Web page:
What’s warranted?

Express warranties
Warranties fall into two general categories: express and implied. Both are typically construed as consistent with each other and cumulative in effect—in other words, one type of warranty does not supersede others.

Express warranties are specific promises made by the seller of goods or services and include oral representations, written representations, descriptions, representations made via samples and models, and proof of prior quality. Examples include:

  • the construction contractor’s correction period;
  • the contractor’s general warranty and guarantee;
  • manufacturers’ standard warranties; and
  • manufacturers’ special or extended warranties.

When there is a defect in the construction (or in the materials or equipment incorporated therein) after it is certified as substantially complete, the owner has many potential remedies. Among the most important and useful is the contract’s correction period provided in the General Conditions of the construction contract.

When the defect is found during the contract’s correction period for any element of the construction, the owner is entitled to have the contractor return to the site and remedy the problem. This remedy supplements the owner’s other rights that, if successfully enforced, may result in the contractor being required to pay the owner monetary damages.

The correction period provision is not a limitation of the contractor’s liability, or an exclusive remedy—rather, it provides an additional remedy available to the owner. Given the extensive protection afforded to the owner by the correction period provision, the need for special warranties that last only one year is questionable.

When defects are discovered before a construction element is certified as substantially complete by the design professional, completion of the remedy is a condition precedent both to being eligible for substantial completion and receiving progress payments for the defective work. It is common to refer to the correction period as ‘the one-year warranty’ or as the ‘guarantee period,’ but such incorrect terms may foster confusion and potentially reduce the owner’s ability to enforce performance of the remedy and its right to other relief under the contract.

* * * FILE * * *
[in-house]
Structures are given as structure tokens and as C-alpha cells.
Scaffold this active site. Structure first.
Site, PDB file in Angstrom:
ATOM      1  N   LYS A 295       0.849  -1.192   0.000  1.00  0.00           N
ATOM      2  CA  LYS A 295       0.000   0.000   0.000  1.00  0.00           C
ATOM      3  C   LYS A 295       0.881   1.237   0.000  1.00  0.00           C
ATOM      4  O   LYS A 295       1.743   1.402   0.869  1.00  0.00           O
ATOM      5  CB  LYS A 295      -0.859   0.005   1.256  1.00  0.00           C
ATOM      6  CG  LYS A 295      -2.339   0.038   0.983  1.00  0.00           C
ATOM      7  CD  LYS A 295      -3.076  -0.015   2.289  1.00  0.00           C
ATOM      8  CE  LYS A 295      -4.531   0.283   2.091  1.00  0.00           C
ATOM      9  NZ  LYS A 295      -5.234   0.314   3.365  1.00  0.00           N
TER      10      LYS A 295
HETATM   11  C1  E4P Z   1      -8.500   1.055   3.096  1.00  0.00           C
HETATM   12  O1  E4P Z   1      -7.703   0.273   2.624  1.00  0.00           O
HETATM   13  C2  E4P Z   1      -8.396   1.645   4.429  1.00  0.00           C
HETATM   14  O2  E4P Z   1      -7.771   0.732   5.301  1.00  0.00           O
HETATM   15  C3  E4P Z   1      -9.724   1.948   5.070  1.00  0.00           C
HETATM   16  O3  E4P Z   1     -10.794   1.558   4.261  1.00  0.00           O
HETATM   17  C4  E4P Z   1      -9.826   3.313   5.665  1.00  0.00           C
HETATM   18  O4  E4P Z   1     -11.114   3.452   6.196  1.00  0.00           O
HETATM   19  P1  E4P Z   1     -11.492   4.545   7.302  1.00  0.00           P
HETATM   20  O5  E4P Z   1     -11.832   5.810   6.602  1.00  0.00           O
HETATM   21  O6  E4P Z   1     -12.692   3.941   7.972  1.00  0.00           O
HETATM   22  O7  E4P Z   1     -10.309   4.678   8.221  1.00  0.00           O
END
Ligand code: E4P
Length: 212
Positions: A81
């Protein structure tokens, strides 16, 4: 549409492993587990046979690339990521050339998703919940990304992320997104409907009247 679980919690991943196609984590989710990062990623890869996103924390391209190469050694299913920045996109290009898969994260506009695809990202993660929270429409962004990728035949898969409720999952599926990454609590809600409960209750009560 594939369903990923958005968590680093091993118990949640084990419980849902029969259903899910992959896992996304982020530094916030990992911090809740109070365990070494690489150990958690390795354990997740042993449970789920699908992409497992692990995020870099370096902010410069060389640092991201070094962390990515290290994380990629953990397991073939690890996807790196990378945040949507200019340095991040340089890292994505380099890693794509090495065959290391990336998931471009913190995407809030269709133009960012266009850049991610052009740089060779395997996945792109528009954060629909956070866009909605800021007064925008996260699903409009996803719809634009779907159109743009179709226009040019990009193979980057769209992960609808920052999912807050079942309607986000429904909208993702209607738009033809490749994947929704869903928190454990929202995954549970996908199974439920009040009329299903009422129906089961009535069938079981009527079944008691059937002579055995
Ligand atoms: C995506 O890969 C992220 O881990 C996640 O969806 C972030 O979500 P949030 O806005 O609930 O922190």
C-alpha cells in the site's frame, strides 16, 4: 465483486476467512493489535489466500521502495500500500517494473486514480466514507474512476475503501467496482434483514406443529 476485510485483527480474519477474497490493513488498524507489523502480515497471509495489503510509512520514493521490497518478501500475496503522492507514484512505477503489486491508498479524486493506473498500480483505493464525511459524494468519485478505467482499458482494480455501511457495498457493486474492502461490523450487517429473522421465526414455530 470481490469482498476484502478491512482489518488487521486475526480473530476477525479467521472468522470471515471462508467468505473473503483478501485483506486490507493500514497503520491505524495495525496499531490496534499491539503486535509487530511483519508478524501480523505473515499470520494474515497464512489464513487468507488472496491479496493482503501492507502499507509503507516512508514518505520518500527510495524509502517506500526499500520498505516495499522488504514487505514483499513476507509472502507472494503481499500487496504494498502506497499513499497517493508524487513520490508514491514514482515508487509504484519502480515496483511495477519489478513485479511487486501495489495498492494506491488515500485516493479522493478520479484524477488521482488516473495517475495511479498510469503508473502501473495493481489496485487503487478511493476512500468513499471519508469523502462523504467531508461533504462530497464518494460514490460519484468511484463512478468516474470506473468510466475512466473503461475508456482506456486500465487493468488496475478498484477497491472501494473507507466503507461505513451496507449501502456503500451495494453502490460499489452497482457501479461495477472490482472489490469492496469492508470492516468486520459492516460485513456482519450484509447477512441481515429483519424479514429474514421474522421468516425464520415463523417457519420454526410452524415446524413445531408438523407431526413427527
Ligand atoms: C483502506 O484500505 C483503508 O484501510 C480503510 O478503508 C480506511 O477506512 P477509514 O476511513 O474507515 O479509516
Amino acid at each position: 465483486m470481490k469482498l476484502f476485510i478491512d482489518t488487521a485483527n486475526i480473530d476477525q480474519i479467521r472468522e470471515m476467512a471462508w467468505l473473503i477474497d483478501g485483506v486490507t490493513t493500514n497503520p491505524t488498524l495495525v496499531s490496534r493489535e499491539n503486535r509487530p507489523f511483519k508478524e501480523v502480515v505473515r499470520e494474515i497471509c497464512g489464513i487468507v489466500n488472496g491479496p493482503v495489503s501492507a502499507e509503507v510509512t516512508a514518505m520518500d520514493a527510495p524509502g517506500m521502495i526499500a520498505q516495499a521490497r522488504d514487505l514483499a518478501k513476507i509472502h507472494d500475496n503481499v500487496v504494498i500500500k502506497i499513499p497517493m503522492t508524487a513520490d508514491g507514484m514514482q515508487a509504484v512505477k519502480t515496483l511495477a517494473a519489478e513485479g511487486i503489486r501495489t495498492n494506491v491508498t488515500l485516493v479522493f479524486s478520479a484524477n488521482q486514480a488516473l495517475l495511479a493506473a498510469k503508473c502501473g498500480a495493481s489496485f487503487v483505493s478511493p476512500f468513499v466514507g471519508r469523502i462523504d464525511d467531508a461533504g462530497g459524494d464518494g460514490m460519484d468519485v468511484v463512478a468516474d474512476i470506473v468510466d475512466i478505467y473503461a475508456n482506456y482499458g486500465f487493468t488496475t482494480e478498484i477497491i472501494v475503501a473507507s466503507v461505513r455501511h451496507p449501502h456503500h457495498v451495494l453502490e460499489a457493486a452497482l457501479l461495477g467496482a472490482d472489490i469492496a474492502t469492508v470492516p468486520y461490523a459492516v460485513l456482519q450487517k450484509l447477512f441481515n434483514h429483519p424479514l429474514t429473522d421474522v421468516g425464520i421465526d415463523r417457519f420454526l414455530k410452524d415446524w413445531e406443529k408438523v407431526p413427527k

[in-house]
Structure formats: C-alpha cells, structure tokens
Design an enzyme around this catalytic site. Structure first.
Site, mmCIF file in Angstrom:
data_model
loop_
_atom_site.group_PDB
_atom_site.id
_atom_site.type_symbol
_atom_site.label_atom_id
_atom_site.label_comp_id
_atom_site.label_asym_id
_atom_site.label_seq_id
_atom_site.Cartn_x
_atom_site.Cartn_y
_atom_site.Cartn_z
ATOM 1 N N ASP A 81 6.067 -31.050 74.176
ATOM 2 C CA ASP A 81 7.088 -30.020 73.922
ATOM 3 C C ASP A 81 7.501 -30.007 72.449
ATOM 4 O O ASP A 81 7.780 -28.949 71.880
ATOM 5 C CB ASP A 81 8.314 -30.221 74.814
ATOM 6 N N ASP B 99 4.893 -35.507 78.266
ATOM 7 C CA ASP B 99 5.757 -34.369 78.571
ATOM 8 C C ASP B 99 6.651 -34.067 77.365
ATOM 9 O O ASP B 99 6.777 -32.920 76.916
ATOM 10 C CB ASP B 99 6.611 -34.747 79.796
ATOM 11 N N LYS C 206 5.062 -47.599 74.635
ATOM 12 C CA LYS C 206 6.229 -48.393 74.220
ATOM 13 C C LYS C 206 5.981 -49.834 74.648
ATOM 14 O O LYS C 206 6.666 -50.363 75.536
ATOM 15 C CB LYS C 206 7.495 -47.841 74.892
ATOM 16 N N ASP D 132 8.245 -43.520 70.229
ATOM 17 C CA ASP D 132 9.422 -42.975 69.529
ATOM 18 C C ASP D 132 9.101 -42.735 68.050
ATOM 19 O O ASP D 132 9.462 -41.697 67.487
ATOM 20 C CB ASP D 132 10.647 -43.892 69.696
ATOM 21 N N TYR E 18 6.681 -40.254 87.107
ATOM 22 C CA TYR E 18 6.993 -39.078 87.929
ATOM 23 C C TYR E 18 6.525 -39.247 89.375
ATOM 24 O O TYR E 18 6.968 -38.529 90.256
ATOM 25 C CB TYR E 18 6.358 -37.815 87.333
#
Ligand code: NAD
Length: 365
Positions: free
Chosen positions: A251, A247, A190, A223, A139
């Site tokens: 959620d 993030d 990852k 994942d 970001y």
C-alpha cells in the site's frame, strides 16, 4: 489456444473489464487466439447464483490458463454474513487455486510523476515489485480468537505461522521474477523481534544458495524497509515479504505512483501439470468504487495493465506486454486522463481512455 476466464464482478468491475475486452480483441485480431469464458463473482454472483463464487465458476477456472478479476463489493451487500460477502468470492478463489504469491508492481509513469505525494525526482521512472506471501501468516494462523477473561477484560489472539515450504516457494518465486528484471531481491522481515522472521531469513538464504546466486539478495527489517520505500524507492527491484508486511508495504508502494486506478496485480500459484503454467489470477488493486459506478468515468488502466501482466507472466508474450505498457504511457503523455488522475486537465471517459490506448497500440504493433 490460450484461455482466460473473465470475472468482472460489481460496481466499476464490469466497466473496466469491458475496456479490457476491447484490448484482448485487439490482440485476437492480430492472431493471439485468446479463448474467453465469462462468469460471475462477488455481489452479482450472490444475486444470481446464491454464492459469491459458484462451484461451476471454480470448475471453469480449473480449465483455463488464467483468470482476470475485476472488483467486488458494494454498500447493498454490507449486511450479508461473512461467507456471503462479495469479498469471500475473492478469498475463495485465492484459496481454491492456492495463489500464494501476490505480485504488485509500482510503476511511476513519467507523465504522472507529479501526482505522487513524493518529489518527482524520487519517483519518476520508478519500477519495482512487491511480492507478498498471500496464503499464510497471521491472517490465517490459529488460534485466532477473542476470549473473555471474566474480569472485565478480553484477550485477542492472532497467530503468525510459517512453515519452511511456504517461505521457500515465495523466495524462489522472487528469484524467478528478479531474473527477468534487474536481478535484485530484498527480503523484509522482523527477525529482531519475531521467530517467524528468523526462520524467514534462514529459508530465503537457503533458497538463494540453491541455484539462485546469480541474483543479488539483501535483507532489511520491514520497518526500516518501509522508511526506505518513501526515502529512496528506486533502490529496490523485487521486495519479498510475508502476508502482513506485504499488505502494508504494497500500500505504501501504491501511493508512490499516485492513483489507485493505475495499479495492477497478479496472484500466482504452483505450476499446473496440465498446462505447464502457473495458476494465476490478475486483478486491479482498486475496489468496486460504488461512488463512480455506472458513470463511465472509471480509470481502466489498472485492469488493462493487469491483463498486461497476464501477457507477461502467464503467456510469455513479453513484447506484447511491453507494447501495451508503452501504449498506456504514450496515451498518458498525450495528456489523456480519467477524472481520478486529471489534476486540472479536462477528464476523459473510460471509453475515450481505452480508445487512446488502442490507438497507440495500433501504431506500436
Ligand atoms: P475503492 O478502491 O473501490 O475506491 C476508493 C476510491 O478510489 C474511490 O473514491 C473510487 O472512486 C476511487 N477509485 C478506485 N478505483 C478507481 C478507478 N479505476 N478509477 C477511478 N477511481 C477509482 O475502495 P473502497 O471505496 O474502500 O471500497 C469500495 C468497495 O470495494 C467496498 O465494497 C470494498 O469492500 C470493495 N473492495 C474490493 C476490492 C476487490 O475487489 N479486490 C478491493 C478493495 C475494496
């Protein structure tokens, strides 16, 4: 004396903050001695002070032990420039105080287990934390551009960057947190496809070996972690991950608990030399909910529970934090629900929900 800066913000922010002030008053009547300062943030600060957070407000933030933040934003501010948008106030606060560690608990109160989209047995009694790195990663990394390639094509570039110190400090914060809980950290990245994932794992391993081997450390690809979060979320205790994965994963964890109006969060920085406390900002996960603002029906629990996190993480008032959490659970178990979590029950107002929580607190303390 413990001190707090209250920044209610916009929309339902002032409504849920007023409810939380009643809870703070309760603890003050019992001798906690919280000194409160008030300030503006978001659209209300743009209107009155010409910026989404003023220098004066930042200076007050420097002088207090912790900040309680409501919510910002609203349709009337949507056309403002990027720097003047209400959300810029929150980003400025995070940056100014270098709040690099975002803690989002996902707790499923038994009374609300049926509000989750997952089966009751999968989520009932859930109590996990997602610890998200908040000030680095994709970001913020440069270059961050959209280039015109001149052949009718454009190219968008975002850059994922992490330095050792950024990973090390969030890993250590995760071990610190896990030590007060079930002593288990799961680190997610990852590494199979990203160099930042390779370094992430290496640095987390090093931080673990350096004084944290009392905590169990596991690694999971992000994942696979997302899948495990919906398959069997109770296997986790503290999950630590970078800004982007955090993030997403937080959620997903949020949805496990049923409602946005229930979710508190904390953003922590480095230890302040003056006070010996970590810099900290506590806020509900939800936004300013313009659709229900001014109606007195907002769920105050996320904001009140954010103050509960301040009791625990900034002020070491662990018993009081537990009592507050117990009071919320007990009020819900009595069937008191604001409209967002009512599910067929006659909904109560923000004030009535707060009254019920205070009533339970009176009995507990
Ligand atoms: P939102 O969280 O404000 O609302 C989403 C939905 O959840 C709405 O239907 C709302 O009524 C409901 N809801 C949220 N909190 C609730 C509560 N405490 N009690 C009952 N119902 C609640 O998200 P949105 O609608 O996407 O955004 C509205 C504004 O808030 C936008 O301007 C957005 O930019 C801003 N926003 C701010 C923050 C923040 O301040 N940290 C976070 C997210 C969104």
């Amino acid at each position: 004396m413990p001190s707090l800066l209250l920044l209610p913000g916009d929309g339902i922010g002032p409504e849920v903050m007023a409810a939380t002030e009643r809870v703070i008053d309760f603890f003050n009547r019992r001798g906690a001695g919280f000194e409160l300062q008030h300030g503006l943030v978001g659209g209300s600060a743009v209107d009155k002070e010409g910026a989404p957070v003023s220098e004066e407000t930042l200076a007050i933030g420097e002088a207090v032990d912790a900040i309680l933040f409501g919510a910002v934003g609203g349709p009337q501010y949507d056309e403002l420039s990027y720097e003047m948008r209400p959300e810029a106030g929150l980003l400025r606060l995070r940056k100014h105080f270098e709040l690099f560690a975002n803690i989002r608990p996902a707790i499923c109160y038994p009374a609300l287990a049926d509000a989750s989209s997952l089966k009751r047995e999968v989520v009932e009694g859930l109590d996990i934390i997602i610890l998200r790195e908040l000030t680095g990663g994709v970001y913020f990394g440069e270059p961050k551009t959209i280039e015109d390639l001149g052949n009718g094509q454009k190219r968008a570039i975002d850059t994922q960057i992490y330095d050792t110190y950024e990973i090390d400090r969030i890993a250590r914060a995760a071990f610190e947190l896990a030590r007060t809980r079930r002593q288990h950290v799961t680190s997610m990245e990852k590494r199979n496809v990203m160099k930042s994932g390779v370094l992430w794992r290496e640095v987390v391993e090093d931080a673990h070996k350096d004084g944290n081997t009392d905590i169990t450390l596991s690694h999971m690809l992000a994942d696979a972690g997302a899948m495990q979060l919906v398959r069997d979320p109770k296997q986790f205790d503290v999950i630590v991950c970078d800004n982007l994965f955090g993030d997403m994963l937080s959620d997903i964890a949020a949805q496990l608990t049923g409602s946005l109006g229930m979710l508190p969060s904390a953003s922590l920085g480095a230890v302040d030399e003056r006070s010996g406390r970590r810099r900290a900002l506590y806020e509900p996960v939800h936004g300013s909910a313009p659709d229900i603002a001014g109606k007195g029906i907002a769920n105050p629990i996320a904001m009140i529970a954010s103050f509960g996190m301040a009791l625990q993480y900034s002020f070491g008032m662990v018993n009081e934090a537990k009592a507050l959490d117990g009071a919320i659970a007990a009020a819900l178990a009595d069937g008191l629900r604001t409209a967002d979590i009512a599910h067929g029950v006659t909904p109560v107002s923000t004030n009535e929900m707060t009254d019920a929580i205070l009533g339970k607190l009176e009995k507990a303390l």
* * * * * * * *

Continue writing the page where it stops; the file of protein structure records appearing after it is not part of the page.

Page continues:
Most of the contractor’s obligations under the contract, including its commitments under the general warranty and guarantee, do not expire on final payment or even after the one-year correction period. Rather, they apply as long as the applicable statute of limitations allows the owner to enforce them. Only the ‘specific performance’ component (e.g. the correction period) of the owner’s rights has a contractual time limit. The duration of the statute of limitations (and the contractor’s general warranty under the General Conditions) is discussed later in this article.

When contractors receive the owner’s notice of a defect requiring remedy under the correction period, the onus is on the contractor to perform. Accordingly, consistently using clear terminology—such as ‘correction period’ for the one-year specific performance obligation instead of muddying terms such as ‘one-year warranty’—allows entities interpreting the construction documents to differentiate between the correction period and the general warranty and guarantee. Failure to do so could result in an interpretation the general warranty is limited by contract to only one year.

The typical term of a correction period is one year after substantial completion. Standard contract documents in common use in the industry usually require the performance and payment bonds, when required for the contract, remain in effect during the correction period. The premiums charged by sureties for performance and payment bonds are usually based on a one-year correction period. Thus, the owner has the assurance the surety is available to honor the contractor’s obligations during the correction period if the contractor fails to do so. This also typically reduces the need for the owner to withhold retainage during the correction period.

If a correction period longer than one year after substantial completion is required, and the owner desires the bonds remain in effect throughout the correction period, such bonds may be available from the surety. However, their cost will increase compared to the standard one-year correction period. The alternative is to require a surety-backed maintenance bond for that part of the correction period beyond the first year. (A more detailed discussion of contract bonds is beyond this article’s scope.)

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